Why You Should Sign a No-Revocation Agreement to Protect Your Children From Being Disinherited

By Fredrick P. Niemann, Esq. of Hanlon Niemann Wright, a Freehold, NJ Probate Estate Litigation Attorney

In estate planning, it is not often discussed by and between counsel and a married couple to sign what is known as a no-revocation agreement or a mutual will with a non-revocation clause.  It is an important agreement that many married couples should seriously consider signing to prevent estate distribution problems once one spouse passes, especially in a second or more frequent marriages with children.  In re Estate Cosman, illustrates the dangers of not signing one of these agreements.

In short, the court ruled that an oral no-revocation agreement could not prevent a wife, who survived her husband, from changing the terms of their concurrent wills. In re Estate of Cosman, 193 N.J. Super. 664 (1983). Here are the facts:  Husband had children with Wife #1.  They divorced.  Husband remarried.  He married Wife #2.  He had children with Wife #2.

Happily married and in their eighties, Husband and Wife #2 decided to draw up concurrent wills so that all of their children would receive their fair share of their joint assets.  In this agreement, part of the estate was to go to the children from Wife #2 and another part to the children of Wife #1.  They agreed orally not to change the terms of the will when either one of them passed.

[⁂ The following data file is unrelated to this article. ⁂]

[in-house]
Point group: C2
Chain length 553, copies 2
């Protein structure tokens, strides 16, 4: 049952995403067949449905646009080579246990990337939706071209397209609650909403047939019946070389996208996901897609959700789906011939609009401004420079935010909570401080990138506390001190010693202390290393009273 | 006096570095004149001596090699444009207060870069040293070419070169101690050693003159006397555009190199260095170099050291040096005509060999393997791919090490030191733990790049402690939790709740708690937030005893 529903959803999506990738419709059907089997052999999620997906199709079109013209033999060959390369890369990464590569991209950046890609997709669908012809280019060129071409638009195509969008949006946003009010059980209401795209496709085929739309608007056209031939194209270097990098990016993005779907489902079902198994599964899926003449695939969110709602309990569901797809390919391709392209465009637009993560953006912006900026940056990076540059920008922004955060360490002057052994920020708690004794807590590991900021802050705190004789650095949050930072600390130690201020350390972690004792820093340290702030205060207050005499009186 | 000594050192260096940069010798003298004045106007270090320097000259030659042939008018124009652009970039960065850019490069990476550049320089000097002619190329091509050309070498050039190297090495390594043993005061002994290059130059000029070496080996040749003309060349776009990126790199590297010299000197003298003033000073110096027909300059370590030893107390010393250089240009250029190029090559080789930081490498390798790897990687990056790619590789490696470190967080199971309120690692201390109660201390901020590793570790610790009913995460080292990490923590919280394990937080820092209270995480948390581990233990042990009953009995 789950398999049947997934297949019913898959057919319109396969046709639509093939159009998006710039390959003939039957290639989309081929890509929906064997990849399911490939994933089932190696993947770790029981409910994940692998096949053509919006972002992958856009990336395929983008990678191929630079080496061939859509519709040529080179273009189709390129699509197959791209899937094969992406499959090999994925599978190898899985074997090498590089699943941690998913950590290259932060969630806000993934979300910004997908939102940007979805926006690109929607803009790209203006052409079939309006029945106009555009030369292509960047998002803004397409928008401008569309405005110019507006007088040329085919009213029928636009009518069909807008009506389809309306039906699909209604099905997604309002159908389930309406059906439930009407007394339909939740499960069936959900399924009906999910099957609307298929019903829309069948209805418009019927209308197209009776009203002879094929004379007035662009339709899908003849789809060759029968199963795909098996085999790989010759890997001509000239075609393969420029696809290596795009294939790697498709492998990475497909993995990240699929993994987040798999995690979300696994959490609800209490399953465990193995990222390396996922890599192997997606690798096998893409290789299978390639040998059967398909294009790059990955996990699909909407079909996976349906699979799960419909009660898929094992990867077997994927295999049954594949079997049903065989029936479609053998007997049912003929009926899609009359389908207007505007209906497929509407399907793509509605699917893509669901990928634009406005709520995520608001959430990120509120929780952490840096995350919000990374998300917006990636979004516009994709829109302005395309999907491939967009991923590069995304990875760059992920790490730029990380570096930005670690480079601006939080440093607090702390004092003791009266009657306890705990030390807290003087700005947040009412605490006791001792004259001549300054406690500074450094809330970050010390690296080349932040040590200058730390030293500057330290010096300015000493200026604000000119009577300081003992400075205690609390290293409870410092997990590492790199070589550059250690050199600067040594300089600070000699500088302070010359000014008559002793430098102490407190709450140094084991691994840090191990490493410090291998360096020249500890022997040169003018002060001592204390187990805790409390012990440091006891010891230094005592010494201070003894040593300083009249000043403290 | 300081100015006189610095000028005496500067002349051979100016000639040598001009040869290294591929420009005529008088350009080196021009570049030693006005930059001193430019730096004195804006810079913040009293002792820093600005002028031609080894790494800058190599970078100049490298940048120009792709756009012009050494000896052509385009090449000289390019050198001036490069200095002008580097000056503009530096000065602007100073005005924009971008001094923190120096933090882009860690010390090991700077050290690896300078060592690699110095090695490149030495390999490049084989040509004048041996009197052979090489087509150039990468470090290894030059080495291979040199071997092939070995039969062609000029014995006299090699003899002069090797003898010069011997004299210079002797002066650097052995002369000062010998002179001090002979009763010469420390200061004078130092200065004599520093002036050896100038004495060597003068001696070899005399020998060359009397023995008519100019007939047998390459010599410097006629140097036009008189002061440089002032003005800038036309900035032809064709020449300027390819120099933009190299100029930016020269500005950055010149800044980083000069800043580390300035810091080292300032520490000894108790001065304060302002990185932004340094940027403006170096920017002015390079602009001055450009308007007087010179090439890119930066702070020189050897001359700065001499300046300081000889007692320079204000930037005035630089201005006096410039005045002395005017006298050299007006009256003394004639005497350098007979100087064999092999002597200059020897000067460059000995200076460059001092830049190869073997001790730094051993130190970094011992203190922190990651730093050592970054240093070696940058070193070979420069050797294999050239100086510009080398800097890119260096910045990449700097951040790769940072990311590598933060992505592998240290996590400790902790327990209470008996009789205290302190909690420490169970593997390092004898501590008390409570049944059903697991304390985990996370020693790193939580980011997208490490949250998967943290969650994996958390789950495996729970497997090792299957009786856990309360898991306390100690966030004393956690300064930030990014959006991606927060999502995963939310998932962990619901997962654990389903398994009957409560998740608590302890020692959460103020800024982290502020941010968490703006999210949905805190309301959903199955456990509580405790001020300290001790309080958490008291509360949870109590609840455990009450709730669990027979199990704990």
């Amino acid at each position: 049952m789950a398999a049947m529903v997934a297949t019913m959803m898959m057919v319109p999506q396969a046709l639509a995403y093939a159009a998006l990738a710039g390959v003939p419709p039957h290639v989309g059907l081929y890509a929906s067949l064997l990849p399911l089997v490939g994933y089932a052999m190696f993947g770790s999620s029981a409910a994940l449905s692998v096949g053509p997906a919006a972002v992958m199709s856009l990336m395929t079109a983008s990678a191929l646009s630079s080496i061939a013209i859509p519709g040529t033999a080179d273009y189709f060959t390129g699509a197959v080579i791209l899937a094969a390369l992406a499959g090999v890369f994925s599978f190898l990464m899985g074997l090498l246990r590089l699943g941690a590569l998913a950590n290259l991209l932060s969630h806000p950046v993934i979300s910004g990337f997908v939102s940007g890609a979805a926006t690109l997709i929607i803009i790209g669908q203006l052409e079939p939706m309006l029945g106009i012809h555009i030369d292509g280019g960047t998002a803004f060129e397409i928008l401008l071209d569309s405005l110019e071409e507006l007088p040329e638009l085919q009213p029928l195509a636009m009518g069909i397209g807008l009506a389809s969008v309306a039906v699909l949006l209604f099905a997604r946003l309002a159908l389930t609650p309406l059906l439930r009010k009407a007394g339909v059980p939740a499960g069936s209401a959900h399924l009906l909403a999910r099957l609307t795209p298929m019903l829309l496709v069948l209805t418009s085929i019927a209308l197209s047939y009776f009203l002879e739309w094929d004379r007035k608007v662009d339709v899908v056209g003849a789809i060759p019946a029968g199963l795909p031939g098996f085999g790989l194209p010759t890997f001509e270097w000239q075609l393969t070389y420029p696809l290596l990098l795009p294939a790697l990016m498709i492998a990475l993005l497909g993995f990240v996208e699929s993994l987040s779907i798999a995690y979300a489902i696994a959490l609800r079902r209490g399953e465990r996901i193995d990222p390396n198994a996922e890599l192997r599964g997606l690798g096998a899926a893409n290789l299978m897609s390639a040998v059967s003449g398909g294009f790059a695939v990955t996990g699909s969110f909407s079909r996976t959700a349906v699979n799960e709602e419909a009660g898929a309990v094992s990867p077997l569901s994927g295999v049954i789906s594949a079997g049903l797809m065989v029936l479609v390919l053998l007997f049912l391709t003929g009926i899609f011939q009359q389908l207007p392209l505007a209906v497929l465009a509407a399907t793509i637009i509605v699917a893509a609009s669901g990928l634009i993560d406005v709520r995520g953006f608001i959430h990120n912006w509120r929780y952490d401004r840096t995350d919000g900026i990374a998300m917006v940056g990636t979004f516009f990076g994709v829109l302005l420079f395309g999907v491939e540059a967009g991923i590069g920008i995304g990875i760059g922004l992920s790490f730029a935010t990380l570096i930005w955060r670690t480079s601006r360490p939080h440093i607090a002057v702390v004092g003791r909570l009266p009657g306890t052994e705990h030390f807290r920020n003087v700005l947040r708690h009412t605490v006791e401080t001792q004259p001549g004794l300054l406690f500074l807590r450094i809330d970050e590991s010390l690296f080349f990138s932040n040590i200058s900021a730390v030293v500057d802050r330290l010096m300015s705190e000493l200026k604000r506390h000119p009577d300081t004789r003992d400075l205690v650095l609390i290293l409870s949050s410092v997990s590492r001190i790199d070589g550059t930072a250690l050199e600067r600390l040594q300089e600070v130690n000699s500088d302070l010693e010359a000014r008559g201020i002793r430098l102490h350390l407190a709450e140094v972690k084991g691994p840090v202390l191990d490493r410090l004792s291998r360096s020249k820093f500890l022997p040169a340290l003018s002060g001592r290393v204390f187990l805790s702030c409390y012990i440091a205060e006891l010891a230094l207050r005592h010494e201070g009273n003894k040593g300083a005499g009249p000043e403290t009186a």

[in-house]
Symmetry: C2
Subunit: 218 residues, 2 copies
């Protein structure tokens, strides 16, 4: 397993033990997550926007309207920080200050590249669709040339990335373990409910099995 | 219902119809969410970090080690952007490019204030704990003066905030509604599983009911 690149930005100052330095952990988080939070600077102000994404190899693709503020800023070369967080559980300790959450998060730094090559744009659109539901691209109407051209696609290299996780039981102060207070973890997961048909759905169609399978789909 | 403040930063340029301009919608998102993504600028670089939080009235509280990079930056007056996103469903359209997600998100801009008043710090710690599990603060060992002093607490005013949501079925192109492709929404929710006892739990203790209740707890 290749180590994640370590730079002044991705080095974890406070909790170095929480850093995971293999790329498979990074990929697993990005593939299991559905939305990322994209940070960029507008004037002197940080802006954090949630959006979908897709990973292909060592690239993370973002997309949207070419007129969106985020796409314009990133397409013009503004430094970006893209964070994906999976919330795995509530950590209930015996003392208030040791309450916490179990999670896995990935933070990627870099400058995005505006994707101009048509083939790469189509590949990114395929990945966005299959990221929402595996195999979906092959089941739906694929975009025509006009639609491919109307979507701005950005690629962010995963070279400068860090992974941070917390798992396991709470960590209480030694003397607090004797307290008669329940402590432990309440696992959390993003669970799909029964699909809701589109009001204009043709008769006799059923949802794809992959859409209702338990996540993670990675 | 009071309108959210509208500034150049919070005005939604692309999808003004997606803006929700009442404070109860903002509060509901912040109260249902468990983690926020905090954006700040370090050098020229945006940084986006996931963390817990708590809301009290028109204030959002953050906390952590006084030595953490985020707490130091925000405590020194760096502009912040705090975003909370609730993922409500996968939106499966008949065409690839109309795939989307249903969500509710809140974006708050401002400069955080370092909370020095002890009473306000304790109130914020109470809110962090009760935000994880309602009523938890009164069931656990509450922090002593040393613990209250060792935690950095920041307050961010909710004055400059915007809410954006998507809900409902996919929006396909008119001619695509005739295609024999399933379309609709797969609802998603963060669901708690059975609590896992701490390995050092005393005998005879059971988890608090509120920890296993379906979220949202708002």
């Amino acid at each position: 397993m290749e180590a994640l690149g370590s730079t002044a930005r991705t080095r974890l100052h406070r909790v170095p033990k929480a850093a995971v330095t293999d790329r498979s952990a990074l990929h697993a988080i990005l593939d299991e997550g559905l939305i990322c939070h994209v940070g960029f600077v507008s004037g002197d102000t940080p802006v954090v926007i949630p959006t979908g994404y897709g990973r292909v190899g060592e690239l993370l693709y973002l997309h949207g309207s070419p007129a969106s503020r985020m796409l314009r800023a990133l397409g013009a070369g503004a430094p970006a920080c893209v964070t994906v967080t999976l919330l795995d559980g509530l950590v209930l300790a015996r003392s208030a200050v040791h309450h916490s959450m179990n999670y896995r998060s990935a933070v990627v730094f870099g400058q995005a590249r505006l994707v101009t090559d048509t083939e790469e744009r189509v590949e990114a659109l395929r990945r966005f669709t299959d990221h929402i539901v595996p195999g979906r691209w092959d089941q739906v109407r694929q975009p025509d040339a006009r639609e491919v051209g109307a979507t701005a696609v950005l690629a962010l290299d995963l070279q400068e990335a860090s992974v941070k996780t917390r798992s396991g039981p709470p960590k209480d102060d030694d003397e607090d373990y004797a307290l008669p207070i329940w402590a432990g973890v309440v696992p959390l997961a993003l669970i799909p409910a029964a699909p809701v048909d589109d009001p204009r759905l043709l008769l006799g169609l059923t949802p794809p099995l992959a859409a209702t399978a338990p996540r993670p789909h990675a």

Wife #2 survived her Husband and after his death revised her will.  She excluded Wife #1’s children from the marital estate. When wife #2 passed and her will was admitted into probate, Wife #1’s children were upset and believed that they had a legitimate claim to the estate.  What did the court say?  The court ultimately ruled that the agreement not to revoke any part of the wills was not written and “the wills were silent as to [the no-revocation agreement’s] existence.”  To be admitted into probate, the agreement must have been written, signed, or even arguably, at the very least, acknowledged by the concurrent wills.

What’s the short moral of this story?  One spouse always outlives the other.  To protect your agreement and understanding with your spouse or significant other – which concerns the division of all of your worldly assets, possessions, and interests – simply sign a no-revocation agreement and place it in your last will or write a standalone no revocation agreement to survive your death. Otherwise your children are at risk to be disinherited.

To discuss your NJ Estate Planning matter, please contact Fredrick P. Niemann, Esq. toll-free at (855) 376-5291 or email him at fniemann@hnlawfirm.com.  Please ask us about our video conferencing consultations if you are unable to come to our office.

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